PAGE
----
Nursing is a calling, but sometimes the profession takes nurses into careers that are an opportunity to serve others without direct patient care. In a recent blog post, Patricia Flatley Brennan, RN, PhD, director of the National Institute of Health’s (NIH) National Library of Medicine, looked back at the roles she’s held. Brennan considered herself a “mother-daughter-sister-aunt-friend, and an advocate for self-care management education and support for all people.” But on top of it all, she is a nurse.
For National Nurses Day, Brennan applauded nurses across the United States for their continuing hard work and compassion for their patients. Whether you’re on the front line or you’ve helped to provide research and evidence to fellow nurses during the COVID-19 coronavirus pandemic, nurses of all occupations and fields have served an important role in public safety and health.
“I want to acknowledge the enormous contributions made by all health care professionals in response to the COVID-19 pandemic, particularly by the nurses and members of nursing care teams. I want to express my sorrow and deepest sympathies to the friends, families, and coworkers of nurses who faced health issues or died from work-acquired COVID-19 infections. I am grateful to frontline care providers, ranging from nursing home aides to emergency department staff, particularly the nurses whose creative problem solving and attention to complex patient needs helped so many over the past year,” Brennan wrote.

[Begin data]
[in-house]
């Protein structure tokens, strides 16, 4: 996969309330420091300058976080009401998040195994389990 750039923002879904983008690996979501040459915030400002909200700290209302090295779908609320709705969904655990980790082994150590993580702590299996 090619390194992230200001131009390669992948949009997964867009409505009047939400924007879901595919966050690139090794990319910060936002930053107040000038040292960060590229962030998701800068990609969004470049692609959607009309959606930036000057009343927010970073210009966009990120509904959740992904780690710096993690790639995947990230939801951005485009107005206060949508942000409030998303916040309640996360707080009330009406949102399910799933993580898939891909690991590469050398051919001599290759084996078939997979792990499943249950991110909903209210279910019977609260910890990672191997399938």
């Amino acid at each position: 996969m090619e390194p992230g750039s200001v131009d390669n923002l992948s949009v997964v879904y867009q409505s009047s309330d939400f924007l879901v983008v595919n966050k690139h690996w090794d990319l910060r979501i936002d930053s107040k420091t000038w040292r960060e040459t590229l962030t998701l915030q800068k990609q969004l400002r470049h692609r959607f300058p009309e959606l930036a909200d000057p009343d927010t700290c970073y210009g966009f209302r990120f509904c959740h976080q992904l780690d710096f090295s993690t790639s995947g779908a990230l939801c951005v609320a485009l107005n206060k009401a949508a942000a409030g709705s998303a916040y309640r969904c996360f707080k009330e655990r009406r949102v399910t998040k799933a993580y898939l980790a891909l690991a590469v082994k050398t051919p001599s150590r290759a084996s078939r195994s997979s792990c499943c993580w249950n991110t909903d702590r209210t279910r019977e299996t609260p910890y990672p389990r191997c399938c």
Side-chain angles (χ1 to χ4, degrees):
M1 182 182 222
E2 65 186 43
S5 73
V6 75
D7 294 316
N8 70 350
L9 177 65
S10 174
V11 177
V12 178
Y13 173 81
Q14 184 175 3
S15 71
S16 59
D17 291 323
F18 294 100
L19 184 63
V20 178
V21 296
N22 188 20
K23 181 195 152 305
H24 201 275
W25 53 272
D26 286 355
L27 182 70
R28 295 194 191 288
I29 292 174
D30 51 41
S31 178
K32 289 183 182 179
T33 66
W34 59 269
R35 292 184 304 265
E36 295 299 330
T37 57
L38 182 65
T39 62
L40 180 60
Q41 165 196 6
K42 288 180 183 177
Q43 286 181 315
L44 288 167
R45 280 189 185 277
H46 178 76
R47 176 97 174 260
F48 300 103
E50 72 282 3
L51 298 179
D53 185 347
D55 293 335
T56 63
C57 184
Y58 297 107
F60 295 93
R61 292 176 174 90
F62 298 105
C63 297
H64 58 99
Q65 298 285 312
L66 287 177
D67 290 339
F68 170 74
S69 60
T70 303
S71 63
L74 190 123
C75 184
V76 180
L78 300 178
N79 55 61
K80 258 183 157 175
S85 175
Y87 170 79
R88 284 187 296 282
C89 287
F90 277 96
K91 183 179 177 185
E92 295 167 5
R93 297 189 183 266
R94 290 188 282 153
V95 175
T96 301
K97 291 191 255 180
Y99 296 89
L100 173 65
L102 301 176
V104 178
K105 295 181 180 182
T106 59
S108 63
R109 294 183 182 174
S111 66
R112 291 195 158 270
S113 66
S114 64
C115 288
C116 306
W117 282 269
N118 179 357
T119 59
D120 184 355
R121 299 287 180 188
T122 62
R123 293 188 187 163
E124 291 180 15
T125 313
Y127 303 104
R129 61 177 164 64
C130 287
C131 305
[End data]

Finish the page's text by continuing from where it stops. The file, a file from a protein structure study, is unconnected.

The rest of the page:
Brennan also spoke about the resources and contributions NIH provided for nurses during the pandemic and leading up to National Nurses Day. Brennan said that the organization shared information through its MedlinePlus Connect service, collaborated with publishers to open literature access, and accelerated the process of genomic sequences to speed up the process of tracking COVID-19 variants and identifying new drug targets.
“For every one of you who greets each workday with the worry of exposing your family to COVID-19 or putting yourself in harm’s way, I thank you for persisting, and for what you are doing for patients. I trust that the next few months will be a time for resetting your practice to something that is manageable and less fraught with risks,” Brennan concluded.
The pandemic would look quite different if not for our nurses’ and healthcare workers’ dedication to quality care and research. Join ONS in acknowledging the significance of your work. Take time for your own well-being with the resources in the Nursing Self-Care Learning Library, and step up your advocacy for protecting your patients and the profession with the resources in the ONS Center for Advocacy and Health Policy.